Tilted wheel algorithms are essentially the basic computer algorithms. They determine nothing more than rotor position at a fixed but approximate ball fall time. There are two main variations to this kind of algorithm. One will include the remaining time in the target revolution and include it with all remaining revolutions, and the other will only consider complete remaining revolutions. You can switch between either options with my Uber computer with the “full rev” setting. I suggest setting it to OFF.
Simply repeat the prediction of the same spin, and note the predicted number. If you use the same reference diamond for timings as you did for the ball sample, you can expect my computer’s basic settings to give prediction roughly 50% of the time. This almost never occurs in real play though because the actual data from play is significantly different. If you want to receive predictions with the same diamond regardless, then use the
“anytime” ball algorithm (seek assistance if you are unfamiliar with it). Vary the times at which you start to clock the ball and/or rotor. Note all the predictions you receive.
After testing about 10 spins, repeat the process but with clocking the rotor on the opposite side for 10 more spins. Clock the ball at the same diamond as you did previously.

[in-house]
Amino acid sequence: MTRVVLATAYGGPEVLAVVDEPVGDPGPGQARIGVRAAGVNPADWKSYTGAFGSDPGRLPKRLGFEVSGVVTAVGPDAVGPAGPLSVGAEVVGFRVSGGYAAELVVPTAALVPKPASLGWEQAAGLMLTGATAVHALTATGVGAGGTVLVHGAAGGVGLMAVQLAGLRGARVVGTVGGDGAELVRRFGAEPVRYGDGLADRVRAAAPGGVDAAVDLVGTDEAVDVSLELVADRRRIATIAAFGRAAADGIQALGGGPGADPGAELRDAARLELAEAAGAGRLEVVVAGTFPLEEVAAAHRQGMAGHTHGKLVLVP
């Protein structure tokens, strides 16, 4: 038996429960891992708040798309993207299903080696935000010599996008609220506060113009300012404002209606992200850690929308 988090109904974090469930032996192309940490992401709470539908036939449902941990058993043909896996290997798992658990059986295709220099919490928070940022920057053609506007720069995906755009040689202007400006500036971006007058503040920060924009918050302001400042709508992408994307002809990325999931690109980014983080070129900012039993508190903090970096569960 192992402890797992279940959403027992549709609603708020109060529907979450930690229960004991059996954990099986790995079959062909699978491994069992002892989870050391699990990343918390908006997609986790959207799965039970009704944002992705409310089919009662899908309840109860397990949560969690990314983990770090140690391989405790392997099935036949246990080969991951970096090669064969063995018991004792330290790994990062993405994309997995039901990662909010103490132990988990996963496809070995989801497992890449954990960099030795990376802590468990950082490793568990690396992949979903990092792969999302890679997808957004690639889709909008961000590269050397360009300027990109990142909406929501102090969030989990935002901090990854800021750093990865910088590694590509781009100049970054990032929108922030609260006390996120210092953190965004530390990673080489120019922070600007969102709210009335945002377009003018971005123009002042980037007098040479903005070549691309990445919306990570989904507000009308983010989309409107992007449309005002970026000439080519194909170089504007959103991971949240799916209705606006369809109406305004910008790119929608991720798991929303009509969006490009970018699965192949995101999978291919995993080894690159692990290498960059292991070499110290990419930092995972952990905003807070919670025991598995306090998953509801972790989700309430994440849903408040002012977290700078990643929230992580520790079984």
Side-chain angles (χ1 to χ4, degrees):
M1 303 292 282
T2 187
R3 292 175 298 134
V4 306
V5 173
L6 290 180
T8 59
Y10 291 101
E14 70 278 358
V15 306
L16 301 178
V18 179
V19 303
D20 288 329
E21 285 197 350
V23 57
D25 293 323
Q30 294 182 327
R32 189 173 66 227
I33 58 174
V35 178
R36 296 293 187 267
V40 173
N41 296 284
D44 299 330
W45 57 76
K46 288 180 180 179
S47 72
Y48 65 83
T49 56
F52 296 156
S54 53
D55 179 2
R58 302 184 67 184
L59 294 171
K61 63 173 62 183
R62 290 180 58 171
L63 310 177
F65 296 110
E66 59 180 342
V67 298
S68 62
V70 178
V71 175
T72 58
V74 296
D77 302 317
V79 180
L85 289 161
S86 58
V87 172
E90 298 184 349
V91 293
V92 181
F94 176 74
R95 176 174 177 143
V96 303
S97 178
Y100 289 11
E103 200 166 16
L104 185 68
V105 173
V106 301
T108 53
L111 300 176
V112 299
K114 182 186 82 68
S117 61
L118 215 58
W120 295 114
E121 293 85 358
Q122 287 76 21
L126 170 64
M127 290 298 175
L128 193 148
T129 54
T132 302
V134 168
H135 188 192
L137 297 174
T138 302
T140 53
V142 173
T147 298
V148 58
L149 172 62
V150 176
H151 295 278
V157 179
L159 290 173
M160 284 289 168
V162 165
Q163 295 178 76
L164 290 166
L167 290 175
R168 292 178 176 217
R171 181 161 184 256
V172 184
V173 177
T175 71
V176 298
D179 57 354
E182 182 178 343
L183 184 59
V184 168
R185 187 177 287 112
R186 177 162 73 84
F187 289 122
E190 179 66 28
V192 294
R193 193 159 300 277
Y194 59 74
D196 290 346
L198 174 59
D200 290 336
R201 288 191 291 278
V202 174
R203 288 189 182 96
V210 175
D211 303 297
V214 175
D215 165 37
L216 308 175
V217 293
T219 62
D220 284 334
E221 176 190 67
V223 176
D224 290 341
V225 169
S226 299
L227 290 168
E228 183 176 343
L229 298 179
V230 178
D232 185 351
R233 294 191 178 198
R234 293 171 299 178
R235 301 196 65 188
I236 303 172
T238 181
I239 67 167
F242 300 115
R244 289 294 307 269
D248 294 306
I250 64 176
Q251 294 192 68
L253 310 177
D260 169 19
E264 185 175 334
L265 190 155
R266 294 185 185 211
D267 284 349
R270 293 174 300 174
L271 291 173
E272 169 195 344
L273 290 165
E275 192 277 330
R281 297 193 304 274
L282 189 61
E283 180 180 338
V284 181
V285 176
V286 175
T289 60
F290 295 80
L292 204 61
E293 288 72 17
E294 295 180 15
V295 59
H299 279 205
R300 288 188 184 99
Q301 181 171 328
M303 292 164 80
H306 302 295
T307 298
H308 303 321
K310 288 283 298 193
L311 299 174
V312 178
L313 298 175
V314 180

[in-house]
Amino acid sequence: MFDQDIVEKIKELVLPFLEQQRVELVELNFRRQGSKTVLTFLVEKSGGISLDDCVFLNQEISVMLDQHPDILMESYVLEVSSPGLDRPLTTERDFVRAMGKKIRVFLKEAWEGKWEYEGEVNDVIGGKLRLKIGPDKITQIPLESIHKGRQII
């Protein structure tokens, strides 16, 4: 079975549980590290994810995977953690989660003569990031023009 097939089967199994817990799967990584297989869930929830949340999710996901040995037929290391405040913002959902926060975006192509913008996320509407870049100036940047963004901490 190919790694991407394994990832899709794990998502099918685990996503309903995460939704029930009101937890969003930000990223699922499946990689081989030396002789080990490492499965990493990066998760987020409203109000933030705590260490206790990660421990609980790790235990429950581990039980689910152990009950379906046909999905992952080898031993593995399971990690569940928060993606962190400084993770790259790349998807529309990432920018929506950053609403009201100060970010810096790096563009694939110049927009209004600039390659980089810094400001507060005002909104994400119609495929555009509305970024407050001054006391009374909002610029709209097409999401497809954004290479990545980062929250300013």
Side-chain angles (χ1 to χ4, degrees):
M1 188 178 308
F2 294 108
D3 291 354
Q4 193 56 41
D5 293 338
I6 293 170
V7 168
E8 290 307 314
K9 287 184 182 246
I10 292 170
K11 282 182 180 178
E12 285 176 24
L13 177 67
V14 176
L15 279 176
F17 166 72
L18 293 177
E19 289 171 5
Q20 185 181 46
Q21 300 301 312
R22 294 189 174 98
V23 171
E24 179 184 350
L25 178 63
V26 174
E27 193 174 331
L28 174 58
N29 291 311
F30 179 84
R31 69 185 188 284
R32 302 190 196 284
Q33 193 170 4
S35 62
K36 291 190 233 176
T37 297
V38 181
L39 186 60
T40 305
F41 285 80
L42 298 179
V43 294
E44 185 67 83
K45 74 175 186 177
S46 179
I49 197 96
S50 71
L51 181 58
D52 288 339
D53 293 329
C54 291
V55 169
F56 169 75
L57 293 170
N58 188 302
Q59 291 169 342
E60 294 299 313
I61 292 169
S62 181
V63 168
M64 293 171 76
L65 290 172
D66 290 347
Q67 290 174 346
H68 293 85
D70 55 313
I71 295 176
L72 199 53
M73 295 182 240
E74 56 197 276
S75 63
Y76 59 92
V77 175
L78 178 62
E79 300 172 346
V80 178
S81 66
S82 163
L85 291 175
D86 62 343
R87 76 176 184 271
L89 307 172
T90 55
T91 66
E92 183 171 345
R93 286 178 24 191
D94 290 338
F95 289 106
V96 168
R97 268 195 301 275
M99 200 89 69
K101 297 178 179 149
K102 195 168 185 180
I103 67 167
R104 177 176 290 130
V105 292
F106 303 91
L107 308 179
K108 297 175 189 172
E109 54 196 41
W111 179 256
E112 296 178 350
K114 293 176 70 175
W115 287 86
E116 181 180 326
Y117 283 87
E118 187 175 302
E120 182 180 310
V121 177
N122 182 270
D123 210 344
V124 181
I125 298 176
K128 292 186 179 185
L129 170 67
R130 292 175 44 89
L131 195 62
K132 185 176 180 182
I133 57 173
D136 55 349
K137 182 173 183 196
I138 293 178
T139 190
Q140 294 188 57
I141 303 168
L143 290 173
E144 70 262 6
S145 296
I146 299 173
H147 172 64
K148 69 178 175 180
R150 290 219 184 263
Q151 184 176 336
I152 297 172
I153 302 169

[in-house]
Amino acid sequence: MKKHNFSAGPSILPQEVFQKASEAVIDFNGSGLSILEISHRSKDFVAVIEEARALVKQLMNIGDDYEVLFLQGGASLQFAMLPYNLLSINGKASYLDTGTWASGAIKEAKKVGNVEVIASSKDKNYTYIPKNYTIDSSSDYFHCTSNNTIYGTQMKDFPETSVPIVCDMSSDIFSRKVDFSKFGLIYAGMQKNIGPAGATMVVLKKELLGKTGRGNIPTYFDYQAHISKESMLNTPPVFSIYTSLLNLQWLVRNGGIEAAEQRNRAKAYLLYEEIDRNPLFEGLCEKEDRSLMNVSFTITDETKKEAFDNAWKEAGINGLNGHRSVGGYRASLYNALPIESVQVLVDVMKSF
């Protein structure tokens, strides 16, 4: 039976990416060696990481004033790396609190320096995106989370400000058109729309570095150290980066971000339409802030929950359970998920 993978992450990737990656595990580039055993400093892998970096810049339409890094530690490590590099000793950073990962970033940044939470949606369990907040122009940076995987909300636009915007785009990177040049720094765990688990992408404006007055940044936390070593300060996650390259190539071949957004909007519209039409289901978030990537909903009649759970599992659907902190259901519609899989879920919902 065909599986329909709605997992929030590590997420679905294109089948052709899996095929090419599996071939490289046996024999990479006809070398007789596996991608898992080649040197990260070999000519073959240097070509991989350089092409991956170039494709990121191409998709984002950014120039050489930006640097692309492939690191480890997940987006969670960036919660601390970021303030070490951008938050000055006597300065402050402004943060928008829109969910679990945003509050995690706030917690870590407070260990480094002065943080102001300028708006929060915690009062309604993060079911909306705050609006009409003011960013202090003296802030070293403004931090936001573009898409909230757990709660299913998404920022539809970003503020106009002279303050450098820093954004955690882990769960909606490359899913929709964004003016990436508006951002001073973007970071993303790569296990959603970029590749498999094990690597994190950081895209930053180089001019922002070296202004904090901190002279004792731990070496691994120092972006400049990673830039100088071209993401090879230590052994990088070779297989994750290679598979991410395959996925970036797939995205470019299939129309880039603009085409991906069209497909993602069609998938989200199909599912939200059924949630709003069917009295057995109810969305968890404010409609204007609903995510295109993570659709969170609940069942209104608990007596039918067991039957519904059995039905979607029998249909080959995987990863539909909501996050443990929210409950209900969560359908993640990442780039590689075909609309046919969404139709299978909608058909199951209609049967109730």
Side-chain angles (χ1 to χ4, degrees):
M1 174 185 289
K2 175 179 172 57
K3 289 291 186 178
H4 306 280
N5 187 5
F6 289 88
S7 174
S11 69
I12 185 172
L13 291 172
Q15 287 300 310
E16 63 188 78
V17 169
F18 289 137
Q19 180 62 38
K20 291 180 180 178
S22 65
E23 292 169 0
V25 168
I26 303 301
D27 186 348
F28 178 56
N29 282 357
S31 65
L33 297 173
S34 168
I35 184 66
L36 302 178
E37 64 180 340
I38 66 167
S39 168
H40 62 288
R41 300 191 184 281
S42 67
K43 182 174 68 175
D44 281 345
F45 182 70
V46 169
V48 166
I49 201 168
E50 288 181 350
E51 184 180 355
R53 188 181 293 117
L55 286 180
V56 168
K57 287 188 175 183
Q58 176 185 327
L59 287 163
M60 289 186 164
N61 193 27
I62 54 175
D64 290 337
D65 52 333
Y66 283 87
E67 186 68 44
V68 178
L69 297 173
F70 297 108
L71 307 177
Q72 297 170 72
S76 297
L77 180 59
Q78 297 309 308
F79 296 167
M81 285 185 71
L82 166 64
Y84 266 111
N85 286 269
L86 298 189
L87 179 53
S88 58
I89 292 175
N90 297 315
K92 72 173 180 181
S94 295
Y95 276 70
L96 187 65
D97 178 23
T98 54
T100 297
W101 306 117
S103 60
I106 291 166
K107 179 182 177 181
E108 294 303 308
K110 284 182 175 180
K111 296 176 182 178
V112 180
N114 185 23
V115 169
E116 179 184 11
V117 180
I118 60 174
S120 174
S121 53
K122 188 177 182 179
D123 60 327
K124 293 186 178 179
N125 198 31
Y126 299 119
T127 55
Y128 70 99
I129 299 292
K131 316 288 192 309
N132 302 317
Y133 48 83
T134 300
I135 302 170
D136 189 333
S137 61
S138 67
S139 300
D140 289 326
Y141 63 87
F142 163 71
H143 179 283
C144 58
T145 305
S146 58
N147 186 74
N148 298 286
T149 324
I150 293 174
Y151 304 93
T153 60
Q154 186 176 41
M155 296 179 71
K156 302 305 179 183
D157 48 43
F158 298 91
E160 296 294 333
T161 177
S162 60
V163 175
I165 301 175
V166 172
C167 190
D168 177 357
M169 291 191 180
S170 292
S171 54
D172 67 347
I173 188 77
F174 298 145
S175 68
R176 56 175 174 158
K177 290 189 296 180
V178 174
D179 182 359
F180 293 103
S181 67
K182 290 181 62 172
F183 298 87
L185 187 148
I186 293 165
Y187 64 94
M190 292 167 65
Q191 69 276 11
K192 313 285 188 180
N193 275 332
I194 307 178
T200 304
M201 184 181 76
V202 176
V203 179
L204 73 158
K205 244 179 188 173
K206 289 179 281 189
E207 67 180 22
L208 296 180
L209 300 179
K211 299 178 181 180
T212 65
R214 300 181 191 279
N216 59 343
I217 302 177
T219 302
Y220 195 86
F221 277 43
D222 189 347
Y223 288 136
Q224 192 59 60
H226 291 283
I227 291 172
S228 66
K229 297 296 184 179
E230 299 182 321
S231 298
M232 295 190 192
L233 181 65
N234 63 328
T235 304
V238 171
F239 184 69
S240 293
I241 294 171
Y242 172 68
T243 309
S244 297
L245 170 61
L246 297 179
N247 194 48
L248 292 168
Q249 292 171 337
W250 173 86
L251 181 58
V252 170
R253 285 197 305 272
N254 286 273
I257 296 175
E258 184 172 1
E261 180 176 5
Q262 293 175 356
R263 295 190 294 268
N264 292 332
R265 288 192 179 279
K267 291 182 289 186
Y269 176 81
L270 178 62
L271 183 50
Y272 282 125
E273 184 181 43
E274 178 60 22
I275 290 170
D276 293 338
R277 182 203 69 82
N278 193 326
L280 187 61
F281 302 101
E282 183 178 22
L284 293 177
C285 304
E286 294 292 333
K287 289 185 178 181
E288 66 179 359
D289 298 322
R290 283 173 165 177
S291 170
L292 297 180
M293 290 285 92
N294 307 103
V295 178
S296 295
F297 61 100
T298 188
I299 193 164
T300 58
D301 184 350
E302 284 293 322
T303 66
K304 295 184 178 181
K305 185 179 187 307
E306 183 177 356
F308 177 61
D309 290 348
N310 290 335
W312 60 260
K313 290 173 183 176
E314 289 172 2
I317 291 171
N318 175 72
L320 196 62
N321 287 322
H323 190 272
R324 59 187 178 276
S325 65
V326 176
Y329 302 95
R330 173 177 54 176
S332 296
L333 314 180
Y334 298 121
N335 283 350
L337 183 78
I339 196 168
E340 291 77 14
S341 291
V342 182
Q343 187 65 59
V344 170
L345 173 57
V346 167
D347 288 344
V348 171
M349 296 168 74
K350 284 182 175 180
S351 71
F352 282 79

Results to expect:
Most predictions should for each set of 10 numbers should clearly be around the same 3 numbers. If this is not the case, re-check the guidelines to see if something is missing. Each different set of 10 numbers should be at opposing sides.
Testing with level wheel algorithms
For this test, set the computer to give predictions for wheels that don’t have significant dominant diamonds. You realistically need 4+ ball clicks to achieve significant accuracy. The faster the ball when you get prediction, the more ball clicks you will need to use.
Now predict the same spin, but each time use a different reference diamond for the ball and green zero. You must use the same diamond for both ball and zero for each trial (each time you replay the spin). With my uber you can use various different settings and see how it affects accuracy. You should have about 5 predictions for each diamond.
Results to expect:
The below data rates the device, and assumes the spin used is on a level wheel, the ball speed is 1300ms per revolution or slower, and the difference in time between revolutions at the target ball speed is 200ms or greater (the larger the difference, the easier it is for the roulette computer to predict):
Excellent: All predictions within same 1-6 pockets